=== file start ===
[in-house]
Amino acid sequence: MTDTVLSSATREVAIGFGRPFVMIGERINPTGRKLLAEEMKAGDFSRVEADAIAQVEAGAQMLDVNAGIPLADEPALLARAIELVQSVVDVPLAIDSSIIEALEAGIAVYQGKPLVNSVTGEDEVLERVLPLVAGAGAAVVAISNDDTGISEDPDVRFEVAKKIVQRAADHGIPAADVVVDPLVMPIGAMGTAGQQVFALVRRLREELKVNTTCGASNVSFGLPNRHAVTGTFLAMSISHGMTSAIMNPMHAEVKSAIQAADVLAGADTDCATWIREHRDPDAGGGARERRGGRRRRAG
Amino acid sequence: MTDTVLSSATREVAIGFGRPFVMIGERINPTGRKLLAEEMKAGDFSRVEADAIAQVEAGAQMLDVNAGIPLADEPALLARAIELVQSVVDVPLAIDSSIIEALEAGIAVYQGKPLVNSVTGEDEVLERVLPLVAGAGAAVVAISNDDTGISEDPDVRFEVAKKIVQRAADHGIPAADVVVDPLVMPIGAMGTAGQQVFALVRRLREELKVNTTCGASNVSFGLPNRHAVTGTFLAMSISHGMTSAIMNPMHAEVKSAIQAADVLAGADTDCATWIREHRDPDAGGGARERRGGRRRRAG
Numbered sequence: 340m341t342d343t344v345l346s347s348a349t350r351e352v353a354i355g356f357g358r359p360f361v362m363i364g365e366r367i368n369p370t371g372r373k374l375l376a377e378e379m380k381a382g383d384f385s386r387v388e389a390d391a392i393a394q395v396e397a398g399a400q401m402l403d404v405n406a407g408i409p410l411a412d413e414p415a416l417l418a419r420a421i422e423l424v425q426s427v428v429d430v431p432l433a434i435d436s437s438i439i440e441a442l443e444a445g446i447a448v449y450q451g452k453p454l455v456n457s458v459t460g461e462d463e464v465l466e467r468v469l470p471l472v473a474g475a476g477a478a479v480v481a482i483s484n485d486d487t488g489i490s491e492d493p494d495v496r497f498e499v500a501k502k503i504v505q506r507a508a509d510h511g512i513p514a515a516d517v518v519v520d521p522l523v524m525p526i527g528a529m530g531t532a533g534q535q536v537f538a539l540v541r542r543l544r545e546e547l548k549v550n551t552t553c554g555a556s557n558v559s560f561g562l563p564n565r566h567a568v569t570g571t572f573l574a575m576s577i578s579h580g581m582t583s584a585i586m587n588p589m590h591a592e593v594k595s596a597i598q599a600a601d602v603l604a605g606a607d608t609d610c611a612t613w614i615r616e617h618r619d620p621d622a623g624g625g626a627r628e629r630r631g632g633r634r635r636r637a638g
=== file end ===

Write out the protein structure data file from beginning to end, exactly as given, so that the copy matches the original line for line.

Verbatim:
[in-house]
Amino acid sequence: MTDTVLSSATREVAIGFGRPFVMIGERINPTGRKLLAEEMKAGDFSRVEADAIAQVEAGAQMLDVNAGIPLADEPALLARAIELVQSVVDVPLAIDSSIIEALEAGIAVYQGKPLVNSVTGEDEVLERVLPLVAGAGAAVVAISNDDTGISEDPDVRFEVAKKIVQRAADHGIPAADVVVDPLVMPIGAMGTAGQQVFALVRRLREELKVNTTCGASNVSFGLPNRHAVTGTFLAMSISHGMTSAIMNPMHAEVKSAIQAADVLAGADTDCATWIREHRDPDAGGGARERRGGRRRRAG
Amino acid sequence: MTDTVLSSATREVAIGFGRPFVMIGERINPTGRKLLAEEMKAGDFSRVEADAIAQVEAGAQMLDVNAGIPLADEPALLARAIELVQSVVDVPLAIDSSIIEALEAGIAVYQGKPLVNSVTGEDEVLERVLPLVAGAGAAVVAISNDDTGISEDPDVRFEVAKKIVQRAADHGIPAADVVVDPLVMPIGAMGTAGQQVFALVRRLREELKVNTTCGASNVSFGLPNRHAVTGTFLAMSISHGMTSAIMNPMHAEVKSAIQAADVLAGADTDCATWIREHRDPDAGGGARERRGGRRRRAG
Numbered sequence: 340m341t342d343t344v345l346s347s348a349t350r351e352v353a354i355g356f357g358r359p360f361v362m363i364g365e366r367i368n369p370t371g372r373k374l375l376a377e378e379m380k381a382g383d384f385s386r387v388e389a390d391a392i393a394q395v396e397a398g399a400q401m402l403d404v405n406a407g408i409p410l411a412d413e414p415a416l417l418a419r420a421i422e423l424v425q426s427v428v429d430v431p432l433a434i435d436s437s438i439i440e441a442l443e444a445g446i447a448v449y450q451g452k453p454l455v456n457s458v459t460g461e462d463e464v465l466e467r468v469l470p471l472v473a474g475a476g477a478a479v480v481a482i483s484n485d486d487t488g489i490s491e492d493p494d495v496r497f498e499v500a501k502k503i504v505q506r507a508a509d510h511g512i513p514a515a516d517v518v519v520d521p522l523v524m525p526i527g528a529m530g531t532a533g534q535q536v537f538a539l540v541r542r543l544r545e546e547l548k549v550n551t552t553c554g555a556s557n558v559s560f561g562l563p564n565r566h567a568v569t570g571t572f573l574a575m576s577i578s579h580g581m582t583s584a585i586m587n588p589m590h591a592e593v594k595s596a597i598q599a600a601d602v603l604a605g606a607d608t609d610c611a612t613w614i615r616e617h618r619d620p621d622a623g624g625g626a627r628e629r630r631g632g633r634r635r636r637a638g